From Dexter Fishmore, Silver Screen and Roll: Exciting news, cats and kittens: 2010 will not end with a five-game Lakers losing streak. The purp and yellow pulled out of their late-December death spiral and battered the New Orleans Hornets tonight in an easy 103 to 88 triumph. The offensive attack that had grown increasingly feeble over the past few games roared back to life, and for the first time since last spring Andrew Bynum looked like Andrew Bynum. Just as a few dreadful losses were no call to write off the Lakers, one splendid game doesn’t mean they’re definitively back on track, but this was the right first step. Drew reentered the starting lineup in this one, sending Lamar Odom back to his familiar role as sixth man nonpareil. The change suited both players. Bynum regularly established deep post position against the undersized Hornet bigs and scored on a better variety of moves than he’d shown since his return from knee surgery. Baseline spins, alley-oop dunks, jump hooks in the lane: his repertoire is rounding into form. He scored 18 points on 13 shots (including free-throw possessions) and played a season-high 30 minutes.

From Michael McNamara, Hornets 24/7: After last night’s loss against San Antonio, some Hornets fans worried whether Kobe would come out with something to prove, but it wasn’t #24 who killed New Orleans tonight, it was their new 6th man- Mr. Khloe Kardashian himself. Lamar scored a game high 24 points in his first game of the season in which he came off the bench. Phil Jackson gave Andrew Bynum the start, moving Pau Gasol back to power forward, and the length of those two really bothered the Hornets on both ends of the court. The Lakers started the game pounding the ball inside on offense and pushing the Hornets out of the paint when New Orleans had the ball. In the first 15 minutes, the Lakers had 22 points in the paint and that opened up their outside shooting. Before you knew it, the Lakers were up 59-41 at the half and the game was all but over at that point.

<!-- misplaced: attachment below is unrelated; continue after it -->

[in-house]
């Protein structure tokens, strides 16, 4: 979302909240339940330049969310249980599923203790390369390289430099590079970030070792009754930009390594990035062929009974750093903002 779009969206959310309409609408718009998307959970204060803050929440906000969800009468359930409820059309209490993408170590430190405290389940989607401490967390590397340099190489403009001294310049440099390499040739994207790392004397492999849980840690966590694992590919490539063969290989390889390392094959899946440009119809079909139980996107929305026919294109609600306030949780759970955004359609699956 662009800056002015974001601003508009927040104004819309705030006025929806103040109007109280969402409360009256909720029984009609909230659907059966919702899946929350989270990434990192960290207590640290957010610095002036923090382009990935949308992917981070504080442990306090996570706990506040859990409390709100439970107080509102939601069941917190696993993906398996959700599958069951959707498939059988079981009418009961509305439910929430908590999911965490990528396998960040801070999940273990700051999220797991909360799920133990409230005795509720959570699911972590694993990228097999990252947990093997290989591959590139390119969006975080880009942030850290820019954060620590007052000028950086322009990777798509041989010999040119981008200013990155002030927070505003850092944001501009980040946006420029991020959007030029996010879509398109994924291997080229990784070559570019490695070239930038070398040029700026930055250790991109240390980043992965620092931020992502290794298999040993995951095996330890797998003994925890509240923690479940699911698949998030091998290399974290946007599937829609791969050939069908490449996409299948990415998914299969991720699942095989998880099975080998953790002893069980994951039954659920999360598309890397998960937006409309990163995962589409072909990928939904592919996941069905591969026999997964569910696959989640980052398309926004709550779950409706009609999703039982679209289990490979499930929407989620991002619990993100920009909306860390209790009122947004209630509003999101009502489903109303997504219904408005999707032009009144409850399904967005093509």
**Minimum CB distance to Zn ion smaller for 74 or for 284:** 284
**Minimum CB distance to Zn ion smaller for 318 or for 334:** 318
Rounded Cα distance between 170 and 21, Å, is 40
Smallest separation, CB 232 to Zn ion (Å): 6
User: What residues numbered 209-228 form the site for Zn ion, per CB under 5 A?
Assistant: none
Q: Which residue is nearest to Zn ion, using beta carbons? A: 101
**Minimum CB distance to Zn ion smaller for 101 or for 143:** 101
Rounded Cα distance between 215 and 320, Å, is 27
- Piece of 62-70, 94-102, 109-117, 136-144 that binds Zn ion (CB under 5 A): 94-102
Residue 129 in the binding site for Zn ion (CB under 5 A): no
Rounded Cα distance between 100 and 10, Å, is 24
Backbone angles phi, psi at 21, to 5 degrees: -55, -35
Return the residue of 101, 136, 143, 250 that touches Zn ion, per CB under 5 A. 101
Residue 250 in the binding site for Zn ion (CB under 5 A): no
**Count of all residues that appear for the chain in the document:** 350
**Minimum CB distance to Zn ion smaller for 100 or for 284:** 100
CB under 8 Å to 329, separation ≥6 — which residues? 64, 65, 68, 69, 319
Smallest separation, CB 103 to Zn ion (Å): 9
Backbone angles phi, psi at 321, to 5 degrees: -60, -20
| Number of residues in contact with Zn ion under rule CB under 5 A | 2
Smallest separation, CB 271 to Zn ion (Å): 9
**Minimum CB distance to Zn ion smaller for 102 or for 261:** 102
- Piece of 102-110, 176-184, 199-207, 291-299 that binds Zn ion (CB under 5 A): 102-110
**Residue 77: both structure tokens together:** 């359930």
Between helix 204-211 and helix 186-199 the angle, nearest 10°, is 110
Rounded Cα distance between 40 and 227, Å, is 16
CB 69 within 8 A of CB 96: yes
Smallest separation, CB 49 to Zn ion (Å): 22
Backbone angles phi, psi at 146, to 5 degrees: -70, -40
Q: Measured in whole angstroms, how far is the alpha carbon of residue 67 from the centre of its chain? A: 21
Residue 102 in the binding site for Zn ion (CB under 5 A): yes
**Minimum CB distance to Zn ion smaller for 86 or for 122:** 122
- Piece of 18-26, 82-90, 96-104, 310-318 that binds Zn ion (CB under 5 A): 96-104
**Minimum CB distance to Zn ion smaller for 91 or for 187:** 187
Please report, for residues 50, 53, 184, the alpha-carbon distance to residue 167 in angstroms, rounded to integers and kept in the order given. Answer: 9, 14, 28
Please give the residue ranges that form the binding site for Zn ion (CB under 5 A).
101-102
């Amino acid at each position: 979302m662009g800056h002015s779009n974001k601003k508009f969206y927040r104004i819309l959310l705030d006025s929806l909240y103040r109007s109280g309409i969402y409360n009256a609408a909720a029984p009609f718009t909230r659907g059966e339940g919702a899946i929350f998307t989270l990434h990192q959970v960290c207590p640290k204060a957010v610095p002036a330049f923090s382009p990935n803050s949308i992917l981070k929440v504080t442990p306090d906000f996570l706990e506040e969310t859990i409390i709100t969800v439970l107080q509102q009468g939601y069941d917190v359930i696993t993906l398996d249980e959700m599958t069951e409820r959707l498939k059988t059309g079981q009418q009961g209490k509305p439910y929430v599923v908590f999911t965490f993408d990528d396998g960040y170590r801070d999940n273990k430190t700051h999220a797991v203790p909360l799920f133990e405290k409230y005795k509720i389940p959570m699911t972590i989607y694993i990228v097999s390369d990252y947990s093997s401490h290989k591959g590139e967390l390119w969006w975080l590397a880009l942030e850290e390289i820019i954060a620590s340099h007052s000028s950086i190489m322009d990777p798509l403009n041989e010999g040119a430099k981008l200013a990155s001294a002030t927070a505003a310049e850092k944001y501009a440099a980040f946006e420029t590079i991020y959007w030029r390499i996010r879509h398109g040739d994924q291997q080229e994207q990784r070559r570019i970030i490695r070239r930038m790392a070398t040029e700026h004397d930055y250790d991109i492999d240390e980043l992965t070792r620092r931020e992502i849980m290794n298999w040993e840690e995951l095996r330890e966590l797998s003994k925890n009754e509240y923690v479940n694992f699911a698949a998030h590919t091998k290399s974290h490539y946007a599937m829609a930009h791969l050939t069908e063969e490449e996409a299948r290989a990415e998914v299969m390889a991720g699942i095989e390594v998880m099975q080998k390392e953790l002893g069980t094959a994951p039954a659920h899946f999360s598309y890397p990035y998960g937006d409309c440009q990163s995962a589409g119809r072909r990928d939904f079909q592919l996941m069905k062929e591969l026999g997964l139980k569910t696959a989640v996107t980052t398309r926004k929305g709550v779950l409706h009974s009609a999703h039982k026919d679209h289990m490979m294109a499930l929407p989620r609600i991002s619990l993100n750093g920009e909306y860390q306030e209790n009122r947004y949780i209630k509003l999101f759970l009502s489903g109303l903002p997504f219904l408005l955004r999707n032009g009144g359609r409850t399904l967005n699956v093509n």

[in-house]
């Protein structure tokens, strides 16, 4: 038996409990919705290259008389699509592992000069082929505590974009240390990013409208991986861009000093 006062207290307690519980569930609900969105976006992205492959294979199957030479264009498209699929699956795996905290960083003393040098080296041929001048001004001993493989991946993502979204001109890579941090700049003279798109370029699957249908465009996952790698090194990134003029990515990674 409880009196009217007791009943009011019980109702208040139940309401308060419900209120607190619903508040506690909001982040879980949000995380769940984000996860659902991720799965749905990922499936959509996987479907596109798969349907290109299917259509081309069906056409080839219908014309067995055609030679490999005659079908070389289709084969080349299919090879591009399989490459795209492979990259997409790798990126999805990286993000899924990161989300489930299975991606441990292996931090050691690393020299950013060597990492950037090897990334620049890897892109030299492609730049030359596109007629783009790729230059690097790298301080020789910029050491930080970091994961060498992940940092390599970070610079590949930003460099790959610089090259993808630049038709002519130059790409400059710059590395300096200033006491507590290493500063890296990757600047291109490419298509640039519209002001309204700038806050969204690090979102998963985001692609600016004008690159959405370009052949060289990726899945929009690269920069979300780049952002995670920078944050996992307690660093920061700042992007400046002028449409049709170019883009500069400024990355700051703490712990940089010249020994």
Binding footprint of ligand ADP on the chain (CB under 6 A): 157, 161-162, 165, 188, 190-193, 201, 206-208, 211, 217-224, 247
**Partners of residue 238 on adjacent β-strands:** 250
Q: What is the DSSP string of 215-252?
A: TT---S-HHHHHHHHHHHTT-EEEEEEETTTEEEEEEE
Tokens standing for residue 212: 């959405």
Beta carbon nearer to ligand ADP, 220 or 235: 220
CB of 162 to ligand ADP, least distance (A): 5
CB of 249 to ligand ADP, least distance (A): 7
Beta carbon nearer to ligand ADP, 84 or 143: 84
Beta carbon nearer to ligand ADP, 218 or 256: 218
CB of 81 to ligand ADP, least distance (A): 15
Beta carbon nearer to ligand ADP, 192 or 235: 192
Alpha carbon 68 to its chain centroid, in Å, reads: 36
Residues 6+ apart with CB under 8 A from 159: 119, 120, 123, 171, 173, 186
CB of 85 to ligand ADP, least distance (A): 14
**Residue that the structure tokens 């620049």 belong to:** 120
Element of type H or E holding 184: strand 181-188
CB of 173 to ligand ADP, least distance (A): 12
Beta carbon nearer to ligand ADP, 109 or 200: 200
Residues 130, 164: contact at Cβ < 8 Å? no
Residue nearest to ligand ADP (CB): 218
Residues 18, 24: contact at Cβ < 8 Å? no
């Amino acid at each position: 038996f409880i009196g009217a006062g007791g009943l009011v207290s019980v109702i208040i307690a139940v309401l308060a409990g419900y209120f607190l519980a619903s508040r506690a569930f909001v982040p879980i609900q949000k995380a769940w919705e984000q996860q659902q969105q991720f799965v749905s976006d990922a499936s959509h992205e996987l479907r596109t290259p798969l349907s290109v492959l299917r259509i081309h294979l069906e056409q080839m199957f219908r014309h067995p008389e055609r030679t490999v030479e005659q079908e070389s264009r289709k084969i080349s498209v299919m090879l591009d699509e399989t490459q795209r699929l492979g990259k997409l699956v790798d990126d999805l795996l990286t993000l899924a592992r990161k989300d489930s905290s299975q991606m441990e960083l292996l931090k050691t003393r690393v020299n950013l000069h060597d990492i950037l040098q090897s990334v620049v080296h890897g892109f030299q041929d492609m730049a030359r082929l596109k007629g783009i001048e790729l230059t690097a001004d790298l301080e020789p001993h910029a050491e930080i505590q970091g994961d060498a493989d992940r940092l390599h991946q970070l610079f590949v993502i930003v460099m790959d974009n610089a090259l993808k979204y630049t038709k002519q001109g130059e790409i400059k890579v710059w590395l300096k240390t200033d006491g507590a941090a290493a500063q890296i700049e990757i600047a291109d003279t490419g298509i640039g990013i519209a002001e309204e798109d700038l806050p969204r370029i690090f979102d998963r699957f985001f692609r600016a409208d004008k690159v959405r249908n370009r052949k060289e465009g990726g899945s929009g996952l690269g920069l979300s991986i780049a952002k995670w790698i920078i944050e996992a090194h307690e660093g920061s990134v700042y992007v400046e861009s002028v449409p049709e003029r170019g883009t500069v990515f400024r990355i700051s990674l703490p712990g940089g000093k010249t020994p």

Phillip Barnett


to Around the World (Wide Web)

  1. Is Sports Illustrated’s Ian Thomsen on the Celtics payroll, or did he just grow up wearing green and white?

    Last week he downplayed the Lakers’ 2010 title as a byproduct of “injuries” to Ray Allen and Kevin Garnett. This week his readers are treated to an essay on the greatness of the 1980s Celtics, and how lucky the Lakers were to play in the watered-down west that decade.

    He and Simmons should have a sleep over, complete with little pictures of Larry Bird taped to the ceiling above their bunkbeds.


  2. The capacity and depth of Boston homerism continues to amaze. But reading Tawmmy posts on Kissing Suzy Kolber makes me feel better to know I’m not alone. NSFW for language and sometimes photos.


  3. 1-

    Thomsen, who graduated from Northwestern with a journalism degree in 1983, has also worked for The Boston Globe and was a feature writer for The National.

    Thomsen lives with his wife and two children near Boston.

    SI has a long tradition of doing this; Jack McCallum was their #1 NBA guy for years, Jackie MacMullan has worked for them, and they just hired Zach Lowe of CelticsHub this year.


  4. @2. JB, that link is GOLDEN. Hardest I’ve laughed all week.